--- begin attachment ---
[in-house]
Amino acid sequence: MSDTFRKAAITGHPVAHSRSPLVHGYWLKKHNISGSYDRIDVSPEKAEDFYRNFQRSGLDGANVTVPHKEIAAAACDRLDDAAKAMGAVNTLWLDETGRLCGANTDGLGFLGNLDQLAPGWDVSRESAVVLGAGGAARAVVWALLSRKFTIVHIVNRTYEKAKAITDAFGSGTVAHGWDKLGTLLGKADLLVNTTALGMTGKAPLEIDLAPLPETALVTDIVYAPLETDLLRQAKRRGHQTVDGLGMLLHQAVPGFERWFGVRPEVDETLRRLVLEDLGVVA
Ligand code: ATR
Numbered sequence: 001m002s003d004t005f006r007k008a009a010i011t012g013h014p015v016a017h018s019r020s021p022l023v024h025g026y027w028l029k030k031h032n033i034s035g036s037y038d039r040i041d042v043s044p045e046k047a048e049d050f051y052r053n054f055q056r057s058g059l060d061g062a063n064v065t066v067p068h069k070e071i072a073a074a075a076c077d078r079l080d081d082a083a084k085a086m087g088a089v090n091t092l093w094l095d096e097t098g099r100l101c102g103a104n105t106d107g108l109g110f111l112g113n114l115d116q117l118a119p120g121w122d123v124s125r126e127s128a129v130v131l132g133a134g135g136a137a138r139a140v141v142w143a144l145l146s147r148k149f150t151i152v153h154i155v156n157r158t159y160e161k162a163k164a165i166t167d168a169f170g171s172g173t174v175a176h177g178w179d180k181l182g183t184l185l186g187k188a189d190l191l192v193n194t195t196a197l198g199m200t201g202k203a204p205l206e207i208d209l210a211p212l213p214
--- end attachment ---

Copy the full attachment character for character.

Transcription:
[in-house]
Amino acid sequence: MSDTFRKAAITGHPVAHSRSPLVHGYWLKKHNISGSYDRIDVSPEKAEDFYRNFQRSGLDGANVTVPHKEIAAAACDRLDDAAKAMGAVNTLWLDETGRLCGANTDGLGFLGNLDQLAPGWDVSRESAVVLGAGGAARAVVWALLSRKFTIVHIVNRTYEKAKAITDAFGSGTVAHGWDKLGTLLGKADLLVNTTALGMTGKAPLEIDLAPLPETALVTDIVYAPLETDLLRQAKRRGHQTVDGLGMLLHQAVPGFERWFGVRPEVDETLRRLVLEDLGVVA
Ligand code: ATR
Numbered sequence: 001m002s003d004t005f006r007k008a009a010i011t012g013h014p015v016a017h018s019r020s021p022l023v024h025g026y027w028l029k030k031h032n033i034s035g036s037y038d039r040i041d042v043s044p045e046k047a048e049d050f051y052r053n054f055q056r057s058g059l060d061g062a063n064v065t066v067p068h069k070e071i072a073a074a075a076c077d078r079l080d081d082a083a084k085a086m087g088a089v090n091t092l093w094l095d096e097t098g099r100l101c102g103a104n105t106d107g108l109g110f111l112g113n114l115d116q117l118a119p120g121w122d123v124s125r126e127s128a129v130v131l132g133a134g135g136a137a138r139a140v141v142w143a144l145l146s147r148k149f150t151i152v153h154i155v156n157r158t159y160e161k162a163k164a165i166t167d168a169f170g171s172g173t174v175a176h177g178w179d180k181l182g183t184l185l186g187k188a189d190l191l192v193n194t195t196a197l198g199m200t201g202k203a204p205l206e207i208d209l210a211p212l213p214